16. Certain little words called enclit'ics[5] which have no separate existence, are added to and pronounced with a preceding word. The most common are -que, and; -ve, or; and -ne, the question sign. The syllable before an enclitic takes the accent, regardless of its quantity. Thus populus'que, dea'que, rēgna've, audit 'ne.


17. To read Latin well is not so difficult, if you begin right. Correct habits of reading should be formed now. Notice the quantities carefully, especially the quantity of the penult, to insure your getting the accent on the right syllable. (Cf. § 15.) Give every vowel its proper sound and every syllable its proper length. Then bear in mind that we should read Latin as we read English, in phrases rather than in separate words. Group together words that are closely connected in thoughts. No good reader halts at the end of each word.

18. Read the stanzas of the following poem by Longfellow, one at a time, first the English and then the Latin version. The syllables inclosed in parentheses are to be slurred or omitted to secure smoothness of meter.


The shades of night were falling fast, Cadēbant noctis umbrae, dum
As through an Alpine village passed Ībat per vīcum Alpicum
A youth, who bore, 'mid snow and ice, Gelū nivequ(e) adolēscēns,
A banner with the strange device, Vēxillum cum signō ferēns,
Excelsior! Excelsior!
His brow was sad; his eye beneath, Frōns trīstis, micat oculus
Flashed like a falchion from its sheath, Velut ē vāgīnā gladius;
And like a silver clarion rung Sonantque similēs tubae
The accents of that unknown tongue, Accentus lingu(ae) incognitae,
Excelsior! Excelsior!
In happy homes he saw the light In domibus videt clārās
Of household fires gleam warm and bright; Focōrum lūces calidās;
Above, the spectral glaciers shone, Relūcet gladēs ācris,
And from his lips escaped a groan, Et rumpit gemitūs labrīs,
Excelsior! Excelsior!
"Try not the Pass!" the old man said; Dīcit senex, "Nē trānseās!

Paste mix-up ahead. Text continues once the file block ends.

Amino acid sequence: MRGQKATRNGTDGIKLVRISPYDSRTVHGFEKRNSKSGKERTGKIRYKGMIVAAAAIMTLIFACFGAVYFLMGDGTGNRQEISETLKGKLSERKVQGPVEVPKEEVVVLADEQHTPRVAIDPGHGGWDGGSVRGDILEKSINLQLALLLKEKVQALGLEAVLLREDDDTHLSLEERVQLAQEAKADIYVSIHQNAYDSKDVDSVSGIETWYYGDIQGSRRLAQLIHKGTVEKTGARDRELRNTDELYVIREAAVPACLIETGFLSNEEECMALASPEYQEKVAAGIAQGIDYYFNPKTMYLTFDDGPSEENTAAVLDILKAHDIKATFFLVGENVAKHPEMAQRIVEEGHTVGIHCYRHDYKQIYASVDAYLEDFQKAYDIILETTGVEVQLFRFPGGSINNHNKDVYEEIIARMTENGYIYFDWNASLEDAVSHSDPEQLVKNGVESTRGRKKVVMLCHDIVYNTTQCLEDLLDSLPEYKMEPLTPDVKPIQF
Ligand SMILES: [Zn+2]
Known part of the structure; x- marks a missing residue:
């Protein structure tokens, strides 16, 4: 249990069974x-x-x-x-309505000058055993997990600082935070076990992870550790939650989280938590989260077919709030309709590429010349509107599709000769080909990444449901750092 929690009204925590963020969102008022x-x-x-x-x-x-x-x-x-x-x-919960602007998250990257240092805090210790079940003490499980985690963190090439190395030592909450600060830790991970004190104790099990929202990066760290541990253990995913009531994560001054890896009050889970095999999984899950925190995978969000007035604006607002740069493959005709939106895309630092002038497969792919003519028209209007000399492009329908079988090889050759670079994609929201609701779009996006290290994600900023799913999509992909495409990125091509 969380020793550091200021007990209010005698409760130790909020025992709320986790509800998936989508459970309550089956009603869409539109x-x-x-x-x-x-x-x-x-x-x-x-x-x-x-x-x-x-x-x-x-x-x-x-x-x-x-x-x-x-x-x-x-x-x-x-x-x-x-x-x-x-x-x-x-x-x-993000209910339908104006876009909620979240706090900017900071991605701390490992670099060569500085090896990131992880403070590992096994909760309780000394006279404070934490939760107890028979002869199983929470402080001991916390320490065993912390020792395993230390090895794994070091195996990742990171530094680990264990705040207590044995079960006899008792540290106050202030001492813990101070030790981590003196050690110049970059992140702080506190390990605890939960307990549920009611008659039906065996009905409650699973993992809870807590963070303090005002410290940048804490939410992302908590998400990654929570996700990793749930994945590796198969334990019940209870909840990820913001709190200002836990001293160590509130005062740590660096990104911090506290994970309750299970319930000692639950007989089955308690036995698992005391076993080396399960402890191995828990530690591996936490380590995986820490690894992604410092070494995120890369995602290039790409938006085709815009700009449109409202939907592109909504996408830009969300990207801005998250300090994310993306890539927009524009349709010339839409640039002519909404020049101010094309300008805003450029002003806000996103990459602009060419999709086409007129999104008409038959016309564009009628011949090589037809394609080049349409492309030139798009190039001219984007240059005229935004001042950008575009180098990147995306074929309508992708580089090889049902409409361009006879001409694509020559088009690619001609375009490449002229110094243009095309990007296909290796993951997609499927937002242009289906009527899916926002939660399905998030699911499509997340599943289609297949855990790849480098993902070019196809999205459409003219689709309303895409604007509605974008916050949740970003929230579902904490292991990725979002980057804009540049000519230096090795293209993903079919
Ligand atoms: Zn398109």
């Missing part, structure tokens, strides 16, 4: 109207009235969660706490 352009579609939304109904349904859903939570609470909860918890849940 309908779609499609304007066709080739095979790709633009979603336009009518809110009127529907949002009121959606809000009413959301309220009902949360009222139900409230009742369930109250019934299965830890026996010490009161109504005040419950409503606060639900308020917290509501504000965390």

"Dark lowers the tempest overhead, Suprā nigrēscit tempestās;
The roaring torrent is deep and wide!" Lātus et altus est torrēns."
And loud that clarion voice replied, Clāra vēnit vōx respondēns,
Excelsior! Excelsior!
At break of day, as heavenward Iam lūcēscēbat, et frātrēs
The pious monks of Saint Bernard Sānctī Bernardī vigilēs
Uttered the oft-repeated prayer, Ōrābant precēs solitās,
A voice cried through the startled air, Cum vōx clāmāvit per aurās.
Excelsior ! Excelsior!
A traveler, by the faithful hound. Sēmi-sepultus viātor
Half-buried in the snow was found. Can(e) ā fīdō reperītur,
Still grasping in his hand of ice Comprēndēns pugnō gelidō
That banner with the strange device, Illud vēxillum cum signō.
Excelsior! Excelsior!
There in the twilight cold and gray, Iacet corpus exanimum
Lifeless, but beautiful, he lay, Sed lūce frīgidā pulchrum;
And from the sky, serene and far, Et caelō procul exiēns
A voice fell, like a falling star, Cadit vōx, ut Stella cadēns.
Excelsior! Excelsior!
  1. N.B. The sounds of the letters are best learned by hearing them correctly pronounced. The matter in this section is, therefore, intended for reference rather than for assignment as a lesson. As a first step it is suggested that the teacher pronounce the examples in class, the pupils following.
  2. Long vowels are marked ¯, short ones ˘.
  3. In writing and printing it is customary to divide the parts of a compound, as inter-eā, ab-est, sub-āctus, per-ēgit, contrary to the correct phonetic rule
  4. The combination nct is divided nc-t, as fūnc-tǔs, sānc-tǔs.
  5. Enclitic means leaning back and that is, as you see, just what these little words do. They cannot stand alone and so they lean back for support upon the preceding word.
  6. Translation by C. W. Goodchild in Praeco Latinus, October, 1898.